Forecasting the Election: It’s No Time To Go Wobbly

Time (and administrative duties) permitting, I’ll  be up with my traditional election forecast post later this week, complete with an explanation of my methodology, as it were.  In the meantime, just to get the conversation going, here are the latest political science forecasts, (courtesy of Michael Lewis-Beck, whose two forecast models are included.)   These will be published in a forthcoming issue of PS (a political science journal), and they were also discussed a couple days ago in this Washington Post article by Dan Balz.

I’ll discuss these models in some detail in future posts, but there are a couple of points I want to make now.  To begin, at first glance it appears that political scientists are rendering a split decision. Six models predict that Obama will win, but five say Romney will be the victor.  However, once you factor in the confidence interval surrounding these predictions, three of the forecasts are really indicating that this election is too close to call.  I talked about this before in a previous post, but it bears repeating: it’s quite possible that some of these models will be “right” in terms of predicting Obama’s share of the two-party vote within a specified margin of error, even if they get the “winner” wrong.  So, for example, if Obama wins 49.5% of the two-party vote and loses the election, a forecast that has him taking 50.6% of the vote is nonetheless considered an accurate forecast.

My second point is that most of these forecasts are predicting that this is will be a very close election.  However, as more than one of you has indicated in emails and comments, recent polling data suggests that Obama is pulling away in this race, both in national tracking polls and in swing-state polls. Given these polls, some well-known pundits are suggesting the election is essentially over. As evidence, they cite Obama’s double-digit lead in key swing states like Ohio. Based on these polls, more than one of you has asked me when I will acknowledge that the political science models suggesting this will be a close race are wrong.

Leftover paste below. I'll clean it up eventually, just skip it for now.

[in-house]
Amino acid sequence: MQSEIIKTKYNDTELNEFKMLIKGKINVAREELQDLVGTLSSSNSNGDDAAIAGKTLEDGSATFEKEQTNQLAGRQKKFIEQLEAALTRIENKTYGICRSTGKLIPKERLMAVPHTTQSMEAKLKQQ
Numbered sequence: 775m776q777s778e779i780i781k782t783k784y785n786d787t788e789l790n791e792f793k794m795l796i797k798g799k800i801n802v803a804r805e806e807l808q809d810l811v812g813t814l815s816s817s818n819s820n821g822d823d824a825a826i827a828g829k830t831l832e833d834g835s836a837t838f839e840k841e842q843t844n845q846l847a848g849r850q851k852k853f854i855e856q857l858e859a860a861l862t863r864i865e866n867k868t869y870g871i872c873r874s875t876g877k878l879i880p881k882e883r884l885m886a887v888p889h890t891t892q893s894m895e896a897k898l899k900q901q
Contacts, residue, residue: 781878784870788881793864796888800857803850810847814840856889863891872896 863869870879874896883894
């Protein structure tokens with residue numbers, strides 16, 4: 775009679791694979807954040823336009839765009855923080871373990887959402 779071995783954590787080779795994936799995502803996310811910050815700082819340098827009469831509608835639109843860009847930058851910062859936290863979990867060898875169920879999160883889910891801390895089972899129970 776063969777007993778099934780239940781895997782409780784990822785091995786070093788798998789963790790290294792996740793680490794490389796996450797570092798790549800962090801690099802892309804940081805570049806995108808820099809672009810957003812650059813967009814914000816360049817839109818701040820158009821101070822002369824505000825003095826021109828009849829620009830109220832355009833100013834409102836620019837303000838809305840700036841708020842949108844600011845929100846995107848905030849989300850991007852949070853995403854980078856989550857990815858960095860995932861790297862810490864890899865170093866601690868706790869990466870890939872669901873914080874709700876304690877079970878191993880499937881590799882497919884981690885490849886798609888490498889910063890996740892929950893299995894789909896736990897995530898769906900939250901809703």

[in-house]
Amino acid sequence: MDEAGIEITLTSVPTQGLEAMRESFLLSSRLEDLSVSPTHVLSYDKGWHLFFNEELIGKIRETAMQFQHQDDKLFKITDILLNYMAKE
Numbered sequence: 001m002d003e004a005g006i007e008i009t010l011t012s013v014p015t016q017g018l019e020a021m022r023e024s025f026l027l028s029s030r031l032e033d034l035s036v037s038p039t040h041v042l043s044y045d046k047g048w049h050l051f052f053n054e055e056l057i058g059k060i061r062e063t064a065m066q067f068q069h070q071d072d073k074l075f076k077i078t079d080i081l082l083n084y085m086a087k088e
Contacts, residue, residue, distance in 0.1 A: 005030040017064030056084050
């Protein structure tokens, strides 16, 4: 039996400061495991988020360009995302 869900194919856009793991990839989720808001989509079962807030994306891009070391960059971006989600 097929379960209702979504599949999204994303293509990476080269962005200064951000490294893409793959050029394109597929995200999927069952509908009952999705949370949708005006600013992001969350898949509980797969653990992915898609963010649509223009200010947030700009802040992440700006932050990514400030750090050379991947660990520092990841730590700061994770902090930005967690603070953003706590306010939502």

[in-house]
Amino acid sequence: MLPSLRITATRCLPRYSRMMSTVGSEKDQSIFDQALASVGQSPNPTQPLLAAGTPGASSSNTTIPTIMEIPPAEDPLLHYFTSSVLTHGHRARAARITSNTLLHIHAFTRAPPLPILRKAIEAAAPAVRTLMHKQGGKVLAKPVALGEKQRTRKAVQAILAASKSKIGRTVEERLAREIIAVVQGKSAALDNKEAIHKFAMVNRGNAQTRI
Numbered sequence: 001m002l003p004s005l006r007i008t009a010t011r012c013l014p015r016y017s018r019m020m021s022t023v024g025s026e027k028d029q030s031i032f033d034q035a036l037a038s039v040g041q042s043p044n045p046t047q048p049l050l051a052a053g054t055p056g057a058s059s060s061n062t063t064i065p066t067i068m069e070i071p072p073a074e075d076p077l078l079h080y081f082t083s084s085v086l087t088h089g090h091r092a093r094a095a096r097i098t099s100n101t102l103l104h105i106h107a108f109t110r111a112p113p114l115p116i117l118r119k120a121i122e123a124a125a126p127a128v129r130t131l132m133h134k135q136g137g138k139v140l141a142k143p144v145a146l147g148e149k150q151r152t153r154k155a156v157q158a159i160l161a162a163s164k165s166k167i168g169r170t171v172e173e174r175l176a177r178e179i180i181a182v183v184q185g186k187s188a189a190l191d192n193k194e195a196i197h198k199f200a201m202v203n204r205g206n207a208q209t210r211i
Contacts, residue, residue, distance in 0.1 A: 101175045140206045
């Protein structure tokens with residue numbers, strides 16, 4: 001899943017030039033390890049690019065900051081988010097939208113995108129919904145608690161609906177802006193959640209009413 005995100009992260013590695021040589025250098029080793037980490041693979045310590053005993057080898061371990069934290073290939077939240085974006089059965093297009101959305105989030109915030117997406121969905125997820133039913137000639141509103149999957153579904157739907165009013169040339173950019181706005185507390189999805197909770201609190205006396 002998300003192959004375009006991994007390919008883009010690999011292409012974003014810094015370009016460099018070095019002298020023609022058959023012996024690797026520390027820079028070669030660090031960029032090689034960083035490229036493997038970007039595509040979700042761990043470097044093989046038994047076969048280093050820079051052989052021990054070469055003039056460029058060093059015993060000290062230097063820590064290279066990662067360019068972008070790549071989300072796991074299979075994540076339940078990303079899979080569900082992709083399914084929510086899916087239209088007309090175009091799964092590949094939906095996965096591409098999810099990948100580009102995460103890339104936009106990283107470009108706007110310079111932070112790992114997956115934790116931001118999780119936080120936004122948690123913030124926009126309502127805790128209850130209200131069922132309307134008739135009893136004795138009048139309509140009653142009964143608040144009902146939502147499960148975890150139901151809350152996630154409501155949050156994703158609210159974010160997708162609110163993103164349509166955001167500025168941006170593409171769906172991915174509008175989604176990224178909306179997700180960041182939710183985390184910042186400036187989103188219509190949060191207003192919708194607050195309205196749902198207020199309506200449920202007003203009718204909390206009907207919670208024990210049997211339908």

To quote the United Kingdom’s Prime Minister Margaret Thatcher, “This is no time to go wobbly.”  I have no doubt that the media coverage of Romney’s 47% comments may have contributed to a temporary bump in Obama’s support. But if the political science models are to be believed, the impact of Romney’s secretly-recorded comments will recede, and the fundamentals on which the forecast models are based will, in the end, largely determine the outcome of this race. Current polling notwithstanding, this suggests the race will tighten as we head into the final six weeks of this campaign. So, is the race over, as some pundits suggest?  Or will the race tighten as the impact of the “47%” comments recede? I’m putting my money on the political scientists.  Obama’s current polling lead notwithstanding, I’m betting the race will tighten.

I’ve carved some time out tomorrow night to live blog the first debate.  I’ll be up with a post earlier in the day before the debate to provide some historical context regarding previous presidential debates, but I hope you’ll join in to the live blog.





  1. Hi Matt,

    Like you, my bottom-line take-away from the various models is that this will be a really close election. I’ve said so repeatedly, publicly, and I too have predicted tightening.

    Alas, I’m going a bit wobbly! The fundamentals are baked-in; the convention bounces have faded; the campaigns are doing what they do. Still, President Obama is up by several points.

    Thus I find myself thinking more and more about Larry Bartels’ analyses almost one year ago…

    Talk to you soon, Matt. I hope you are great.


  2. The WSJ reports this morning that the race in Ohio appears to be slipping away from Romney while the races in Florida and Virginia are tightening

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